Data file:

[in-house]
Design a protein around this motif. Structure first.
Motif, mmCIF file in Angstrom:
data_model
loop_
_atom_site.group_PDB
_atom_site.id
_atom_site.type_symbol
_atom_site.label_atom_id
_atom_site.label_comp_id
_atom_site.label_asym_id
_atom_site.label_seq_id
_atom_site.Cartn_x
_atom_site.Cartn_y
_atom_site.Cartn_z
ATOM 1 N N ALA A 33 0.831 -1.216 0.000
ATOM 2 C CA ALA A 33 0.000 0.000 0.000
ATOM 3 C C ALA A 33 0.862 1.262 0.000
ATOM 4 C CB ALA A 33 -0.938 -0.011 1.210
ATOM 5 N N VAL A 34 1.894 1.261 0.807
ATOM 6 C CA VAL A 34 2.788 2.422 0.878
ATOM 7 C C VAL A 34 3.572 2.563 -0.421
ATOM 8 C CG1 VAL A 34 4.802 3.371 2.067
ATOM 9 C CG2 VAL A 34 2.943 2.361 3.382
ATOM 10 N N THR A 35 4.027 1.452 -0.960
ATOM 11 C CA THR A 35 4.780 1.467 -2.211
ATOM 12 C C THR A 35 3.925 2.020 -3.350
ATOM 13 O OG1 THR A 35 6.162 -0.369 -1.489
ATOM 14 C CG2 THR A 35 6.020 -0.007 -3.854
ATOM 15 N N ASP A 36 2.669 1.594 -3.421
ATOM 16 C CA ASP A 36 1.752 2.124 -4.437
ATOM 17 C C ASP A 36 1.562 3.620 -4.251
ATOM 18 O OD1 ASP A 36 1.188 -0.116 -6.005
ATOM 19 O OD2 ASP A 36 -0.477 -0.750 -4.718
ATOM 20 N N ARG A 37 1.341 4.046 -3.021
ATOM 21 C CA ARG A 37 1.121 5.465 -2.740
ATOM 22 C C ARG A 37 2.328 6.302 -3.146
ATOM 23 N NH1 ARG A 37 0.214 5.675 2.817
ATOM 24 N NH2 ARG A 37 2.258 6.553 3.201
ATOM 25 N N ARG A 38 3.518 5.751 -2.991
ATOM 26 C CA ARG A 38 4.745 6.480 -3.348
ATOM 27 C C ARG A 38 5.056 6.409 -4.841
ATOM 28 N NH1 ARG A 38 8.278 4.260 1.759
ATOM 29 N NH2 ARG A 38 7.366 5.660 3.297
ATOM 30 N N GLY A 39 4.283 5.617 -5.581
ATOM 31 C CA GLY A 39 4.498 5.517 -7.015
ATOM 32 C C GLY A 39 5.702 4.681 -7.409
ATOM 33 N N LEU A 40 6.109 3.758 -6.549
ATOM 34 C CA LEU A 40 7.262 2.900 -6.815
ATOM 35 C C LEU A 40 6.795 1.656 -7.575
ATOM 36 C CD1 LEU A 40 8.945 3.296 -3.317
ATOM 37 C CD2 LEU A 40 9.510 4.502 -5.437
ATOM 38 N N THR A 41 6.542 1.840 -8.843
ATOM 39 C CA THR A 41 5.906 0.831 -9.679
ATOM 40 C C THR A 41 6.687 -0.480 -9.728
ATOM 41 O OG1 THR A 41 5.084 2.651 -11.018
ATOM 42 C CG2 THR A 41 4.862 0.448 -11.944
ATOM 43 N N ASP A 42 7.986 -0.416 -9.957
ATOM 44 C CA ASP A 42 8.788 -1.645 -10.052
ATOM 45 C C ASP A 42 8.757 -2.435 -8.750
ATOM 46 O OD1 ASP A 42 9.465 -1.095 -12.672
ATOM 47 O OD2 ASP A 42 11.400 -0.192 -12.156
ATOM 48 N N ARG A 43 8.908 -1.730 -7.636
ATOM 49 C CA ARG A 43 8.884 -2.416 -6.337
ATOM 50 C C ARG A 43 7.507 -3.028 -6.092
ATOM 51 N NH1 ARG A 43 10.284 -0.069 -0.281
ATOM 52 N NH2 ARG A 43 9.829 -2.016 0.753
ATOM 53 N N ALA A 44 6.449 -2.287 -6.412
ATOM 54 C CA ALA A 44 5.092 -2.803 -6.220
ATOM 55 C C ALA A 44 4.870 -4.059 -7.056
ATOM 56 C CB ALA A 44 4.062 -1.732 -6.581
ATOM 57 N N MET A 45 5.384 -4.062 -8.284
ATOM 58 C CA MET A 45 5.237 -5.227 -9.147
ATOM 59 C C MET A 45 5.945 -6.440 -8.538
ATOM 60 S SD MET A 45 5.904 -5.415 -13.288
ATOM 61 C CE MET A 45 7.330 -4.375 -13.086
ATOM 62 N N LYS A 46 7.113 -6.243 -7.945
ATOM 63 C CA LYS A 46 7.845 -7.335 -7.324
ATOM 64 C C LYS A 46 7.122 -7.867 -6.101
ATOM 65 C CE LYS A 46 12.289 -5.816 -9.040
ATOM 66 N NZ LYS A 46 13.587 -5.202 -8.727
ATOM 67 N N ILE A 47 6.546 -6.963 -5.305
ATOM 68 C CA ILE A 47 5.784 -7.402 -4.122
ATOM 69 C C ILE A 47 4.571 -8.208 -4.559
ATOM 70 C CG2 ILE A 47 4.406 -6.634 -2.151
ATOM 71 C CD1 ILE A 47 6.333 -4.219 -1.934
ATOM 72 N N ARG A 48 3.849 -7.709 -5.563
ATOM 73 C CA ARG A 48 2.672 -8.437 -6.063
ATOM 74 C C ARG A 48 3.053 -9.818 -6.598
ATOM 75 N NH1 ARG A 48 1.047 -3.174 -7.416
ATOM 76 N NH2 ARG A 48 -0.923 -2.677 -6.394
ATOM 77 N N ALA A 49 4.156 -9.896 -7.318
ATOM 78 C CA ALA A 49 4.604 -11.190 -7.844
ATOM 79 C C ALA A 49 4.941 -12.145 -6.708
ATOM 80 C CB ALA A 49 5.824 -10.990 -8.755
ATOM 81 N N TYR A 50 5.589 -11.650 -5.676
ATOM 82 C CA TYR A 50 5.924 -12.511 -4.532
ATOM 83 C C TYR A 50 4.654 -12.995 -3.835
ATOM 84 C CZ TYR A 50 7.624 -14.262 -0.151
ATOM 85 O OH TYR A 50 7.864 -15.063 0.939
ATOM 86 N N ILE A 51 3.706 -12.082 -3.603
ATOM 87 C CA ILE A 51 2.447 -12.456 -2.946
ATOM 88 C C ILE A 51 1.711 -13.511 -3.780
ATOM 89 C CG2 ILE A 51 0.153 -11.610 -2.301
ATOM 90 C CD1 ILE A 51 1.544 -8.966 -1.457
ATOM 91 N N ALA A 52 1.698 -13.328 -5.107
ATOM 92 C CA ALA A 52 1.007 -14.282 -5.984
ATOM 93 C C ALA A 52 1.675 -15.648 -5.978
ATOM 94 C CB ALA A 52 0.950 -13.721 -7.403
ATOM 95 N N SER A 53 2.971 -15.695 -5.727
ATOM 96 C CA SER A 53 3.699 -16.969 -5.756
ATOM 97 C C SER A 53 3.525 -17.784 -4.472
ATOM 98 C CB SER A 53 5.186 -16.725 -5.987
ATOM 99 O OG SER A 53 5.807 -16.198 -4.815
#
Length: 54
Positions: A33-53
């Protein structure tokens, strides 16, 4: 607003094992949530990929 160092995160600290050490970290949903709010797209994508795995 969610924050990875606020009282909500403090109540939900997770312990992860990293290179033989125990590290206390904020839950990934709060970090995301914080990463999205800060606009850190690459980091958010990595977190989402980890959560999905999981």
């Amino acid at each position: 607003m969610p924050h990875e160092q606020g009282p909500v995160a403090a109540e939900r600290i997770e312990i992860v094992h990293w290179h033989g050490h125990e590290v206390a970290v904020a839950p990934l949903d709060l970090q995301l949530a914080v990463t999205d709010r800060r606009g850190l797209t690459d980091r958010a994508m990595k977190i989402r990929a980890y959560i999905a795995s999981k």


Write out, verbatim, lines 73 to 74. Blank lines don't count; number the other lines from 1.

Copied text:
ATOM 58 C CA MET A 45 5.237 -5.227 -9.147
ATOM 59 C C MET A 45 5.945 -6.440 -8.538